Click here to launch a photo gallery with some test shots

Why is this so? The answer involves looking at how digital cameras capture light in comparison to 35mm film systems, and how that process can vary significantly from camera to camera.

Almost all lenses shine a circle of light at the recording medium inside the camera (film or sensor). But conventional photos aren’t round–they’re square or rectangular, which means some of the light is getting cropped off. Where this crop happens can vastly effect change image quality in edge sharpness and vignetting. Generally, a Leica lens is designed assuming the light-recording medium is a 35mm piece of film with an aspect ratio of 3:2 (or a similarly sized full-frame sensor, like in the company’s first full-frame digital, the M9).

Not only is the sensor used by the EP-2 and the Micro Four Thirds system 75% smaller than full-frame, it’s also composed in a 4:3 aspect ratio, which means it’s grabbing a just a tiny slice of the light being put out by the Leica lens–a slice that may not produce the best-quality final image.

Christian Erhardt, Leica’s VP of Marketing who works closely with engineering, identified other areas of potential incompatibility:

“Our lenses our designed to work best with full format,” said Erhardt. [With a different sensor size], the light can hit different pixels of the sensor at a very extreme angle–once you have that, the image may be slightly out of focus, or not as bright around the edges.”

“One reason why we’ve decided not to move into Micro Four Thirds is that we have looked at the sensor size and realized that it cannot produce the image quality that we need. Therefore we decided to stick with the full format in addition to APS-C,” Enhardt continued. “It’s all about the ratios.”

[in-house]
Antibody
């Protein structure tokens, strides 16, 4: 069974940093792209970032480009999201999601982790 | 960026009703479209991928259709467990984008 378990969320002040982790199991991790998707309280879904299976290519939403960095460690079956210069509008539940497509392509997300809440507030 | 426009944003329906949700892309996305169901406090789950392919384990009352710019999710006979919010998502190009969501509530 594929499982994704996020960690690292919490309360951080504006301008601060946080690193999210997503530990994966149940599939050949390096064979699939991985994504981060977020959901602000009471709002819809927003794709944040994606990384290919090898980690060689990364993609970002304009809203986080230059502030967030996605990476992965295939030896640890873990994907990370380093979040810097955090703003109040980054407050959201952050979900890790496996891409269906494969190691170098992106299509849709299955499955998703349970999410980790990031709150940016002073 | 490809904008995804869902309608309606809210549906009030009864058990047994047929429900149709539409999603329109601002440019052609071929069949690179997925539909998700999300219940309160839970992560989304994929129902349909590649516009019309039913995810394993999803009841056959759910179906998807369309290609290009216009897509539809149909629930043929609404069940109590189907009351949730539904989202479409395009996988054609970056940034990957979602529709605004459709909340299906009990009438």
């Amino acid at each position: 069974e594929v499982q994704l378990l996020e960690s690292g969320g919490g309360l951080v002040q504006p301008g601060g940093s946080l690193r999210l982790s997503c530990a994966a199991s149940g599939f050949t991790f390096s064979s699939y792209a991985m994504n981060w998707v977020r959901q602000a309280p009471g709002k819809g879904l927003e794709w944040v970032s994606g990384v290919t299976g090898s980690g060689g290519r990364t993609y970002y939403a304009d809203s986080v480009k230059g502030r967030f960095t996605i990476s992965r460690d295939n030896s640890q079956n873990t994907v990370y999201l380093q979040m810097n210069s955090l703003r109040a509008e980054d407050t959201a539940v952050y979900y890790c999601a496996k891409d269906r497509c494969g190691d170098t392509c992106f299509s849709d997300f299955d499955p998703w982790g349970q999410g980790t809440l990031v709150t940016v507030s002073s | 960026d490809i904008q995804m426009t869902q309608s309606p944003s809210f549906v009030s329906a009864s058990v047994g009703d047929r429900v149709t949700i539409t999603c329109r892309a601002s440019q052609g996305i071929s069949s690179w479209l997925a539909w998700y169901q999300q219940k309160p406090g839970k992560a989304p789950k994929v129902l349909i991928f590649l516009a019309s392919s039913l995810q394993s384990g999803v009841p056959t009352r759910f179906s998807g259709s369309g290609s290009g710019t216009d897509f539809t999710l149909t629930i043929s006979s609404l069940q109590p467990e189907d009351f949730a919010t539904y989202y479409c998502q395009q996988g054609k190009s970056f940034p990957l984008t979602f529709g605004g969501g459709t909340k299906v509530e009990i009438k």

In addition, software plays a huge role in forming a modern digital camera’s final output image. It is in software that things like vignetting and sharpness can be adjusted, compensating for a lens’s weak spots. In some cases, the actual image put out by a lens is greatly distorted, often to accommodate a compact body size. It’s not until the sensor data is passed through the camera’s processing software that funhouse-mirror-looking distortions are corrected. Throw an unexpected lens into the equation, and things can get messy.


If you have some treasured Leica M lenses laying around gathering dust, a $270 adapter may be well worth the price to have some fun with them on a new digital Micro Four Thirds body. With their manual controls, they lend a rangefinder-like feel to a modern digital body, and can enable some nice from-the-hip shots on the street. And the optical performance, while not the same as you would see with full-frame, was certainly still very good in the images I shot.

But if you’re looking for a fixed-focal-length, fairly fast and resonably sharp lens for a new MFT camera, save yourself two thousand dollars and go with the fixed-focal-length 17mm pancake. You can also look into one of several lenses Panasnic produced to Leica specifications for the larger Four Thirds system, which you can use with another (cheaper) adapter. These two systems use the same sensor, so performance is likely to be similar.

Some further reading from our friends at Pop Photo: